As a leader, do you create a safe and trusting environment where your people can express concerns and share information freely? That might be a difficult question for some of you to answer. In our new book, Collaboration Begins With You: Be a Silo Buster, my coauthors Jane Ripley and Eunice Parisi-Carew and I describe how to build trust and take responsibility for creating a culture of collaboration.
In the previous post I introduced the UNITE acronym to describe the five elements that every person must adopt to make collaboration a part of the corporate culture. We encourage everyone to Utilize differences; Nurture safety and trust; Involve others in crafting a clear purpose, values, and goals; Talk openly; and Empower themselves and others. I wrote about Utilizing differences in the last post and this time I want to share more about how to Nurture safety and trust.
The best way to start is by being a role model for the behavior you want to see in others. Share your own knowledge openly and encourage others to speak freely without fear of judgment. Welcome people’s ideas and truly give them consideration before making a decision. Give and receive feedback without judgment and be accessible, authentic, and dependable.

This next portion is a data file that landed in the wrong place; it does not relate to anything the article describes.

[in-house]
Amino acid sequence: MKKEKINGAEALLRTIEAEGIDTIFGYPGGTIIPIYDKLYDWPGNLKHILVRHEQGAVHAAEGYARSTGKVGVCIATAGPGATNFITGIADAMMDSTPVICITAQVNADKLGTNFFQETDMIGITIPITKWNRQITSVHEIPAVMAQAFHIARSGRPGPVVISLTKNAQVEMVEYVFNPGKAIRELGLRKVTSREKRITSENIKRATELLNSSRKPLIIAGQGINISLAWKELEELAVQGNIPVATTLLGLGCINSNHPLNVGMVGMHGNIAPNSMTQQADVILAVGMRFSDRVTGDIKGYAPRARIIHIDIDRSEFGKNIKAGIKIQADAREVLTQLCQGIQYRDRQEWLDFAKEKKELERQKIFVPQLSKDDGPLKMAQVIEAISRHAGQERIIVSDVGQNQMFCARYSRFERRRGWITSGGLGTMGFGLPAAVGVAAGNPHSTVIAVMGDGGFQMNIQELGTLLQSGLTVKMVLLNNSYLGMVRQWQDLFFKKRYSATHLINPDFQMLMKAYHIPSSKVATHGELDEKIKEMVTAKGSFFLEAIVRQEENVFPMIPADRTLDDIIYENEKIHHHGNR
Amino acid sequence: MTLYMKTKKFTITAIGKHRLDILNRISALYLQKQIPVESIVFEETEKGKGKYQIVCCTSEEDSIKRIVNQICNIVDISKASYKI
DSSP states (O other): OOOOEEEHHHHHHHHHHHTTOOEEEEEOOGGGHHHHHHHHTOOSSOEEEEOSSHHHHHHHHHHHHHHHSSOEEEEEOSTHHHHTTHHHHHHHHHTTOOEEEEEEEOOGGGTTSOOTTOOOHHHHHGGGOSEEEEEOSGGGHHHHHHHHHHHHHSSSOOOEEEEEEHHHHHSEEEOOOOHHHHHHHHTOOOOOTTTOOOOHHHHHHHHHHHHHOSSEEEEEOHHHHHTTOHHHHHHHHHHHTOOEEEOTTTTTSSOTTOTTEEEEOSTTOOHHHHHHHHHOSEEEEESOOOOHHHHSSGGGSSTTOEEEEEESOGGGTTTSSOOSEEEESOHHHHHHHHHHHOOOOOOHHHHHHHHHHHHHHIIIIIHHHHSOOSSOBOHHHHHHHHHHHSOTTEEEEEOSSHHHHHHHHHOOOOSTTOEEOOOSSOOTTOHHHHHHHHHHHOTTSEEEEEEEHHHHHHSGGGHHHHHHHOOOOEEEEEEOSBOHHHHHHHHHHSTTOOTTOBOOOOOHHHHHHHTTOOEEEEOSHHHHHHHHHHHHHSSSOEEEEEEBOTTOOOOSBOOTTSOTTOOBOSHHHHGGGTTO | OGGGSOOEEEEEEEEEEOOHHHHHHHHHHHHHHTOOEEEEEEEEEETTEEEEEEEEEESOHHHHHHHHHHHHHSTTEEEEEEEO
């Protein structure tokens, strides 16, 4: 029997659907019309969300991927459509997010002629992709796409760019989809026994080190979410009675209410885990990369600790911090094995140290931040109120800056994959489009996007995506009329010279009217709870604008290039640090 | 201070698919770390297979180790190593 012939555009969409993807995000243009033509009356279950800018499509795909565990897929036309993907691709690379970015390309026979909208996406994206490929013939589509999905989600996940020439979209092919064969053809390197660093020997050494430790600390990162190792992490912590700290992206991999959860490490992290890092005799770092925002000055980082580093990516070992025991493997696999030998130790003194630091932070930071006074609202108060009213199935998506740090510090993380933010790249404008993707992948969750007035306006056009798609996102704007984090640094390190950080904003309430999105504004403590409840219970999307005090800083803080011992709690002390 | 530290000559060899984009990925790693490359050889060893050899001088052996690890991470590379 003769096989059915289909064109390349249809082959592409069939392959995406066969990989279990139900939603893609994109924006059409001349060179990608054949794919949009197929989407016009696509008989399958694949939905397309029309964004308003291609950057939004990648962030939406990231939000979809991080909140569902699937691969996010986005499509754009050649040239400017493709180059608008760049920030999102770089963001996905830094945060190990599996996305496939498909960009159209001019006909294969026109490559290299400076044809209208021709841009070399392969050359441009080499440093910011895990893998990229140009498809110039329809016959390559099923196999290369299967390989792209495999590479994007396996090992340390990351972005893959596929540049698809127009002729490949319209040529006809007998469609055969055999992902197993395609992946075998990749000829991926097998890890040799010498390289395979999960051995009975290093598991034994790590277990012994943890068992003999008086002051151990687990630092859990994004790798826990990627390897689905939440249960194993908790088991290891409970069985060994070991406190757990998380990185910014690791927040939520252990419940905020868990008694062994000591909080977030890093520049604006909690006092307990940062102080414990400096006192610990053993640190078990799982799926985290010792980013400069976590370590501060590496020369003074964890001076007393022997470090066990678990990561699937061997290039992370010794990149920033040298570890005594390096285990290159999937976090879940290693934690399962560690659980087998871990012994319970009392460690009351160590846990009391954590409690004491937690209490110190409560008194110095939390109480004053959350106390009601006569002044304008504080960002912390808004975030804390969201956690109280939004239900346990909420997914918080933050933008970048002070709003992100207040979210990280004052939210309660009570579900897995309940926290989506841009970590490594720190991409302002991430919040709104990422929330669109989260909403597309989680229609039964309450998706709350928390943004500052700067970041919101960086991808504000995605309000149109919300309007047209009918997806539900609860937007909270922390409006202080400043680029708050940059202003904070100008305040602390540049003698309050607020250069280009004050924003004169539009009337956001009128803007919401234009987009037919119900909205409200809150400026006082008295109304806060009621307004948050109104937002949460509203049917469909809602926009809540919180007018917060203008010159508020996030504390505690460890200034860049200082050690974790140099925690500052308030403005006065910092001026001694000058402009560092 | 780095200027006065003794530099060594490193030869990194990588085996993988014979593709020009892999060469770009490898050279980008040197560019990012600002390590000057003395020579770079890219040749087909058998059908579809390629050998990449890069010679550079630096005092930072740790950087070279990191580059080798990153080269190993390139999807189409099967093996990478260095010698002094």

To build trust with your team, view mistakes and failures as learning opportunities and discuss them openly. If you punish people for making mistakes, they will learn quickly to cover them up and you’ll miss important opportunities to avoid future mishaps. I’ve found that some of the greatest learning moments happen when mistakes are shared and discussed. Encouraging these kinds of discussions will lead to smoother processes, improved communication, and innovative thinking.
To help people feel safe in their working environment, be transparent when making decisions. Make sure people know their role and what a good job looks like, and give them freedom to experiment. If people know what is expected of them and the boundaries they can operate in, they will flourish.
Rate yourself as a leader who Nurtures safety and trust by asking yourself these questions.
- Do I encourage people to speak their mind?
- Do I consider all ideas before decisions are made?
- Do I share knowledge freely?
- Do I view mistakes as learning opportunities?
- Am I clear with others about what I expect?
If you answered yes to most of the questions, you probably have created a safe and trusting environment for your people. But pay attention to where you answered no so that you can continue to build a strong culture of collaboration, because as the book title says—collaboration begins with you.